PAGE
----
|Date: ||Mon, 20 Apr 1998 16:22:26 -0700|
|Reply-To: ||"William W. Viergever" <wwvierg@IBM.NET>|
|Sender: ||"SAS(r) Discussion" <SAS-L@UGA.CC.UGA.EDU>|
|From: ||"William W. Viergever" <wwvierg@IBM.NET>|
|Subject: ||Re: Help: How to compare observations?|
|Content-Type: ||text/plain; charset="us-ascii"|
At first glance this did seem bizarre, but if, instead of focusing on the first OBS and how to find the corresponding one later on (i.e., the first one 300 seconds later), you should focus on for OBS, looking backwards (using LAG functions and RETAINs) until you find one that was 300 seconds earlier.
From the looks of you price data, there appears to be enough LAGs available in SAS (i.e., the relevant question is: does SAS nest LAGS 10 deep?, 15 deep?, etc.).
It should come together quite nicely from this view point.
Hope this helps.
At 11:00 PM 4/16/98 -0500, Robin Chou wrote:
>I have been working on this problem for some time but can't figure out
>how to program it in SAS. I would be grateful if you can help me out.
>I have a data set of stock prices which looks like:
>Name Price Time
>IBM 13.0 34200
>IBM 13.2 34300
>IBM 13.4 34550
>IBM 12.9 34650
>IBM 12.5 34800
>IBM 12.8 34860
>IBM 13.0 34960
>IBM 13.2 35350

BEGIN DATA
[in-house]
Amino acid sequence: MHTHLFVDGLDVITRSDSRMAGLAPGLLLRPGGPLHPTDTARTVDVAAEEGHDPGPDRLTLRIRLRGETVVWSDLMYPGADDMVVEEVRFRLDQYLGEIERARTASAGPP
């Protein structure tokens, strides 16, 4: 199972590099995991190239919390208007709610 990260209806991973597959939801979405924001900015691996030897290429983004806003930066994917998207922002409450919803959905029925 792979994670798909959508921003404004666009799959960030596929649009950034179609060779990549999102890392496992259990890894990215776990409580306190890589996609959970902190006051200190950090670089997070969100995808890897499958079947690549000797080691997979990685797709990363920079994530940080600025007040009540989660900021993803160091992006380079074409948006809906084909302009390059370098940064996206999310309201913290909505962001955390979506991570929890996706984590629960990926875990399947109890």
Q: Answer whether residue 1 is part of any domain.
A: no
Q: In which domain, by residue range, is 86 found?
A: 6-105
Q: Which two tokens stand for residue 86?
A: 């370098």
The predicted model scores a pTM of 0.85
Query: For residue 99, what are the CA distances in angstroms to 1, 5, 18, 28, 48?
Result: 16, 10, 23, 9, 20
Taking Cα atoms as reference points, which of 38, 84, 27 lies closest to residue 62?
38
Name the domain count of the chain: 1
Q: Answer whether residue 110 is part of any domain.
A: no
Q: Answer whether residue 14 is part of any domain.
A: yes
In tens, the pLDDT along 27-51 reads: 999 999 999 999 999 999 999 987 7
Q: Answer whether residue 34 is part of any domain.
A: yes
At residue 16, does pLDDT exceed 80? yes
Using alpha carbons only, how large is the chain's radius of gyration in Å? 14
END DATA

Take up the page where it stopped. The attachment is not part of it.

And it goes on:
>IBM 13.5 35400
>. . .
>. . .
>. . .
>Where the time is cumulative seconds from midnight.
>Now, I need to calculate the price difference between a observation and
>the first following observation that is at least 300 seconds after it.
>For example, I want to calculate the price difference between the first
>observation and the fourth observation because the fourth observation is
>the first following observation that is at least 300 seconds after the
>first one. Similarly, the second observation is also compared to the
>fourth observation and the price difference between them is calculated,
>because the fourth observation is also the first one that is at least
>300 seconds away from the second one. Same comparison and calculation
>are done for every observation in the data set.
>Any suggestions will be greatly appreciated. Thank you for your
W. W. Viergever
Viergever & Associates